The offerings are made in the form of statues of horses which form the USP of the shrine. The Pandavas along with Lord Krishna had offered prayers at the shrine before the battle of Mahabharata. In the aftermath of the war, the Pandavas once again offered prayers at the shrine and donated horses and the tradition is kept alive. The shrine boasts of glitzy interiors flaunting the pantheons of Lord Krishna along with Radha, Lord Krishna’s cosmic form, and Lord Rama along with Sita. The sanctum sanctorum honours Goddess Kali, one of the nine forms of Durga. The shrine provides a sound opportunity for those interested to capture the images through their lenses.     

Our next exploration site was the huge, fascinating Brahma Sarovar, a holy water reservoir where Lord Brahma had performed his first Yagna. Brahma Sarovar has a rich mythology and spreads over an area of 3.5 km forming one of the holiest sites in the ancient town. Ranked as one of the largest man-made water tanks in Asia, King Kuru had taken up the first renovation work of the water tank. The incredible Brahma Sarovar temple standing on the waters of the lake is devoted to Lord Shiva and has three entrance doors. Each door has intricately carved floral designs. One has to take the arch bridge from the bank to reach the shrine.  As dusk descends, the entire Brahma Sarovar gets illuminated and with the cool breeze blowing amidst the chanting of hymns, the ambiance fills up with spiritual bliss. We stood there for a long and deep look feeling a sense of contentment and then retired for the day.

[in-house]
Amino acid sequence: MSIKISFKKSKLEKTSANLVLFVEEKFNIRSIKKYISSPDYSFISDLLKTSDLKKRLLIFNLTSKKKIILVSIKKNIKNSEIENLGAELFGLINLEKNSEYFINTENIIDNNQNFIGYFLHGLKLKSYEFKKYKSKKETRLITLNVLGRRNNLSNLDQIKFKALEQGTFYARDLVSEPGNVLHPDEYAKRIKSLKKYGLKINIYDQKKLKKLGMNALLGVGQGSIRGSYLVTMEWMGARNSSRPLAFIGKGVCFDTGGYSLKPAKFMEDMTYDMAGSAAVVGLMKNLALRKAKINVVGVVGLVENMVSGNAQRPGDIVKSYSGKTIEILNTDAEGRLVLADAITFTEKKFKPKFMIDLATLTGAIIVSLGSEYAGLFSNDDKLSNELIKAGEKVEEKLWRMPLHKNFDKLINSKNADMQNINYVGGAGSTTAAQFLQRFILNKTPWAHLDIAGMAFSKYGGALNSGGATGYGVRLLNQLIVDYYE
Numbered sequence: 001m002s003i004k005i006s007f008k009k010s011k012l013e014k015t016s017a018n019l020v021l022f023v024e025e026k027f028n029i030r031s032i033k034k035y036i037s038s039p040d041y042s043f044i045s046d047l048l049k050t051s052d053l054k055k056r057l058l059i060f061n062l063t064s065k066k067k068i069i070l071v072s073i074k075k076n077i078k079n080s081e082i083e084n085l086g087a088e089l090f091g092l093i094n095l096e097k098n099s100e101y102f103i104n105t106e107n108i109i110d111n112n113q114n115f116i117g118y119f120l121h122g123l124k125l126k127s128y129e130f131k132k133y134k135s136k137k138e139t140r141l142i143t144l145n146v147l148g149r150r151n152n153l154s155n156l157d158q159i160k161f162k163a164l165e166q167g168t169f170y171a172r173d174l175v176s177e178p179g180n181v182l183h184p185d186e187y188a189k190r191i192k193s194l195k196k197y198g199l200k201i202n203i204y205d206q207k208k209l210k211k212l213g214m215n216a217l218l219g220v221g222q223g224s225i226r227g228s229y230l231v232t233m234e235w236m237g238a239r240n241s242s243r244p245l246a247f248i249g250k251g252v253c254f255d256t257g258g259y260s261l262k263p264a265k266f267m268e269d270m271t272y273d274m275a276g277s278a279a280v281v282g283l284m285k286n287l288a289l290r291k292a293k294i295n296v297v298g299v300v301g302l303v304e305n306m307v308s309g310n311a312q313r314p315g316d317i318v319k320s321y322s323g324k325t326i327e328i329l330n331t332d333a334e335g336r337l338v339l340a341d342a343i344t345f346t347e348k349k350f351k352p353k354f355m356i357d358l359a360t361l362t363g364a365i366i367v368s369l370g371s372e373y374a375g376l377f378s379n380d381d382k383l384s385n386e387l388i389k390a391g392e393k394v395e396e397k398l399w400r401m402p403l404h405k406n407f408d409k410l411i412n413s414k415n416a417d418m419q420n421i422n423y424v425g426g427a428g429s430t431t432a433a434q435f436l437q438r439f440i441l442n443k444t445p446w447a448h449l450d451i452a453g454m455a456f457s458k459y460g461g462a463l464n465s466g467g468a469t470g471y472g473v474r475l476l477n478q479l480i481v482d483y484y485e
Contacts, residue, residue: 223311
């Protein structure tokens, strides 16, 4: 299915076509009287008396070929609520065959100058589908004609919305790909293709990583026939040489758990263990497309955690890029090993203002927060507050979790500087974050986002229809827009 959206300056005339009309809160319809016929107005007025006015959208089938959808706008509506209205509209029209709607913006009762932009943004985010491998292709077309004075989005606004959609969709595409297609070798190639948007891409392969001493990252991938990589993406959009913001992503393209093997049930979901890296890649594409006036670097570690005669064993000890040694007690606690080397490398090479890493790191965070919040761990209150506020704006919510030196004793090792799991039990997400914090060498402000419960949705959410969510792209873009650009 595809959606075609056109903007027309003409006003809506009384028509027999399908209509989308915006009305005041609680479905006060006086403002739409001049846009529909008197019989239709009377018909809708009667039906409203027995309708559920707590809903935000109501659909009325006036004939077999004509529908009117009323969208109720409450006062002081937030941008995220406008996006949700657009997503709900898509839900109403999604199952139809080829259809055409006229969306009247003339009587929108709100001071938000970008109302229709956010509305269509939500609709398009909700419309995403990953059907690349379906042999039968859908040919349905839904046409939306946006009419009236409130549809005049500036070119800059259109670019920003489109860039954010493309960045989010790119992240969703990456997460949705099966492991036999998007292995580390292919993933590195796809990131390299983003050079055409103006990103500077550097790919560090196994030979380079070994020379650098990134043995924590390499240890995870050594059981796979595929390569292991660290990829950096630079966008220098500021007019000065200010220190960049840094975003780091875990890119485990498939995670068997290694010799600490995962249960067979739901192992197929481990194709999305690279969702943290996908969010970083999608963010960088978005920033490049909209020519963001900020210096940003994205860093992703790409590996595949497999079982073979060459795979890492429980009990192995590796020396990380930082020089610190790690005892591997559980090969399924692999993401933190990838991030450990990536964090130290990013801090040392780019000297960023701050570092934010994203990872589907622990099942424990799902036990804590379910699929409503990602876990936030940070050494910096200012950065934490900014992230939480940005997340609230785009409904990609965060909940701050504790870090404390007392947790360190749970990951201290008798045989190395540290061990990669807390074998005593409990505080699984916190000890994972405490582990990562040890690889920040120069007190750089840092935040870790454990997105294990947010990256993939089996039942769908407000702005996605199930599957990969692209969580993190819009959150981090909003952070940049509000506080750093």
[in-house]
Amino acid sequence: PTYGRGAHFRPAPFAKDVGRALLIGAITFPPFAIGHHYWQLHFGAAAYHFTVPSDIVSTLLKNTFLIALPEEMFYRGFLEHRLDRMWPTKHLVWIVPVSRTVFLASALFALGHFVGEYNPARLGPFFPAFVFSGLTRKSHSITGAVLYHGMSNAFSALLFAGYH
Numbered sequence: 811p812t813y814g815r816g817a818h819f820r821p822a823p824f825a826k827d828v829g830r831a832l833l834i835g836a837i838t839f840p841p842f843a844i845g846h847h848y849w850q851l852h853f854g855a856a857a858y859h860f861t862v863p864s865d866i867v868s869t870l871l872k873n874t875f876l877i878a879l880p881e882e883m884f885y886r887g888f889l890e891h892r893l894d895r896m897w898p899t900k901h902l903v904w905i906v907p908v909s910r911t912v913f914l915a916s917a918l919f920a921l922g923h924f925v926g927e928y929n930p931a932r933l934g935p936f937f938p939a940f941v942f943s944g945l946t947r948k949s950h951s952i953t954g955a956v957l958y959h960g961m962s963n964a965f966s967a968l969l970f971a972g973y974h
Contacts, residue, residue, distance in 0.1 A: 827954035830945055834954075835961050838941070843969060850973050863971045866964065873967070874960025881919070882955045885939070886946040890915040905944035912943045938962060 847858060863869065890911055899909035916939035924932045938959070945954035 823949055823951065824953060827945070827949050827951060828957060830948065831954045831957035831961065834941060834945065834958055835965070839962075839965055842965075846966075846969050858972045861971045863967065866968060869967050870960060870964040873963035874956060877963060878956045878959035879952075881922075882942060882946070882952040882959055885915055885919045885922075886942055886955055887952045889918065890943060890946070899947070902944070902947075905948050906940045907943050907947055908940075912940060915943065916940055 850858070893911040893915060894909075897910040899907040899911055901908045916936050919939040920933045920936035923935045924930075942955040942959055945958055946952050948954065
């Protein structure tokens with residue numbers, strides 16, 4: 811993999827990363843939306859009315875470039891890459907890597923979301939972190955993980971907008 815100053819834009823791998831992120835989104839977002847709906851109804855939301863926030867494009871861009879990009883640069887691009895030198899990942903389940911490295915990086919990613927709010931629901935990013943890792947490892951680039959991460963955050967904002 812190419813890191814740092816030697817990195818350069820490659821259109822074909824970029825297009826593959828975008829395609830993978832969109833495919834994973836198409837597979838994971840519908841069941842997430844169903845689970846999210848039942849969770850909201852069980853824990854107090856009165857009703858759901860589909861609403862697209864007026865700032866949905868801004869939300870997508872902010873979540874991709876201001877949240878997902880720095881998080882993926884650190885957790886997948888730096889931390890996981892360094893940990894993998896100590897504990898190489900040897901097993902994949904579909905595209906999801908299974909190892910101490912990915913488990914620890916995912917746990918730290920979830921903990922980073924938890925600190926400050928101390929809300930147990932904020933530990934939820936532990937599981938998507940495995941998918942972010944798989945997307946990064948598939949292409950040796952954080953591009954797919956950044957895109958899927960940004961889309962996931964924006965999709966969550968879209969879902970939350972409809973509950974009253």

The next day we travelled to Jyotisar, a tiny hamlet around 8 km from Kurukshetra that once formed the battleground of Mahabharata. Besides, it was at Jyotisar where Lord Krishna had first recited the Bhagavad Gita to Arjuna under a banyan tree that remains intact today. The site where Lord Krishna had revealed his cosmic form to Arjuna was identified by Shankaracharya in the 9th Century. Later a chariot was installed at the site displaying the Gita Updesha on a raised platform facing the east.  One can get to view a colossal statue of Lord Krishna in his cosmic form adjacent to the site. The entrance of Jyotisar temple has tiny, old-world, dilapidated shrines under a banyan tree. Jyotisar transports us to the pre-Harappan era.  

Before winding up, we had a glimpse of Sannihit Sarovar, another sacred water reservoir in the heart of the city. The pages of mythology reveal that this reservoir serves as the meeting point of seven Saraswati rivers. Visitors arrive here to perform the rituals of the departed soul. However, a clean-up mission needs to be launched at the reservoir.

If you’re itching to travel and intend to elevate your spiritual experience, Kurukshetra should be on your bucket list.

by Swaati Chaudhury